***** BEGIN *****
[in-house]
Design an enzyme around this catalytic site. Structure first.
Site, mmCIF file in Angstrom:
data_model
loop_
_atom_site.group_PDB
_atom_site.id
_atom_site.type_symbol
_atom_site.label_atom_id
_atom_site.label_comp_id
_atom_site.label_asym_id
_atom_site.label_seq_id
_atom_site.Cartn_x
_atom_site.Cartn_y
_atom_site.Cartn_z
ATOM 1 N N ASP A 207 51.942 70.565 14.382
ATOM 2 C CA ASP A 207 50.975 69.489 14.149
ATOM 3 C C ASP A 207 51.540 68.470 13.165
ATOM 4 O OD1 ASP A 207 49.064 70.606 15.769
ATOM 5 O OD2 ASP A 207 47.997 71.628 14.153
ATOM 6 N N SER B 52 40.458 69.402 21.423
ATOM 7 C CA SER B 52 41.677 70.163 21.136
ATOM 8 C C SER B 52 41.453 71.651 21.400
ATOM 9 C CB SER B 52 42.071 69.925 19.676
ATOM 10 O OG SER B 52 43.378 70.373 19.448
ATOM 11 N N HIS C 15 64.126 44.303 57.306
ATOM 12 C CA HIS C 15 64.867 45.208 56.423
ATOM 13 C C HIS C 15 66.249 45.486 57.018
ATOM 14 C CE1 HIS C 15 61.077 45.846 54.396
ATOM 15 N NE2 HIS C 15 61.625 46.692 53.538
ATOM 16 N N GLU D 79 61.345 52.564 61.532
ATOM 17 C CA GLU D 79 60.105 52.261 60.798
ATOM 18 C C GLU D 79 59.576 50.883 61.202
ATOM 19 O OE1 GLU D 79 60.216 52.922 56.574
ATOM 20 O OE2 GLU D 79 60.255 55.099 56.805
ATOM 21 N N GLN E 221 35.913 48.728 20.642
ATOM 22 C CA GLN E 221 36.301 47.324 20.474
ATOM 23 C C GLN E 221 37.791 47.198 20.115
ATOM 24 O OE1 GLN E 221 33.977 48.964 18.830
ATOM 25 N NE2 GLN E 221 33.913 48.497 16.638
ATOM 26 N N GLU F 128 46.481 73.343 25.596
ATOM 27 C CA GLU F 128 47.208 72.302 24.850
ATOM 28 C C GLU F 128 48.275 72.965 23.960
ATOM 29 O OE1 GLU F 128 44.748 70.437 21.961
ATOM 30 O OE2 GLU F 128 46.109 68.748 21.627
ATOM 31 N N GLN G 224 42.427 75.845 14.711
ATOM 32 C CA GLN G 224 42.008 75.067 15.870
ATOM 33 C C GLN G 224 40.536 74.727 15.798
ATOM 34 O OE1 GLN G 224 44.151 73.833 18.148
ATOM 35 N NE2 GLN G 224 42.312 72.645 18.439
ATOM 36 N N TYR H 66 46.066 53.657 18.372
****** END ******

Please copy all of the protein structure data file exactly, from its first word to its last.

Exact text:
[in-house]
Design an enzyme around this catalytic site. Structure first.
Site, mmCIF file in Angstrom:
data_model
loop_
_atom_site.group_PDB
_atom_site.id
_atom_site.type_symbol
_atom_site.label_atom_id
_atom_site.label_comp_id
_atom_site.label_asym_id
_atom_site.label_seq_id
_atom_site.Cartn_x
_atom_site.Cartn_y
_atom_site.Cartn_z
ATOM 1 N N ASP A 207 51.942 70.565 14.382
ATOM 2 C CA ASP A 207 50.975 69.489 14.149
ATOM 3 C C ASP A 207 51.540 68.470 13.165
ATOM 4 O OD1 ASP A 207 49.064 70.606 15.769
ATOM 5 O OD2 ASP A 207 47.997 71.628 14.153
ATOM 6 N N SER B 52 40.458 69.402 21.423
ATOM 7 C CA SER B 52 41.677 70.163 21.136
ATOM 8 C C SER B 52 41.453 71.651 21.400
ATOM 9 C CB SER B 52 42.071 69.925 19.676
ATOM 10 O OG SER B 52 43.378 70.373 19.448
ATOM 11 N N HIS C 15 64.126 44.303 57.306
ATOM 12 C CA HIS C 15 64.867 45.208 56.423
ATOM 13 C C HIS C 15 66.249 45.486 57.018
ATOM 14 C CE1 HIS C 15 61.077 45.846 54.396
ATOM 15 N NE2 HIS C 15 61.625 46.692 53.538
ATOM 16 N N GLU D 79 61.345 52.564 61.532
ATOM 17 C CA GLU D 79 60.105 52.261 60.798
ATOM 18 C C GLU D 79 59.576 50.883 61.202
ATOM 19 O OE1 GLU D 79 60.216 52.922 56.574
ATOM 20 O OE2 GLU D 79 60.255 55.099 56.805
ATOM 21 N N GLN E 221 35.913 48.728 20.642
ATOM 22 C CA GLN E 221 36.301 47.324 20.474
ATOM 23 C C GLN E 221 37.791 47.198 20.115
ATOM 24 O OE1 GLN E 221 33.977 48.964 18.830
ATOM 25 N NE2 GLN E 221 33.913 48.497 16.638
ATOM 26 N N GLU F 128 46.481 73.343 25.596
ATOM 27 C CA GLU F 128 47.208 72.302 24.850
ATOM 28 C C GLU F 128 48.275 72.965 23.960
ATOM 29 O OE1 GLU F 128 44.748 70.437 21.961
ATOM 30 O OE2 GLU F 128 46.109 68.748 21.627
ATOM 31 N N GLN G 224 42.427 75.845 14.711
ATOM 32 C CA GLN G 224 42.008 75.067 15.870
ATOM 33 C C GLN G 224 40.536 74.727 15.798
ATOM 34 O OE1 GLN G 224 44.151 73.833 18.148
ATOM 35 N NE2 GLN G 224 42.312 72.645 18.439
ATOM 36 N N TYR H 66 46.066 53.657 18.372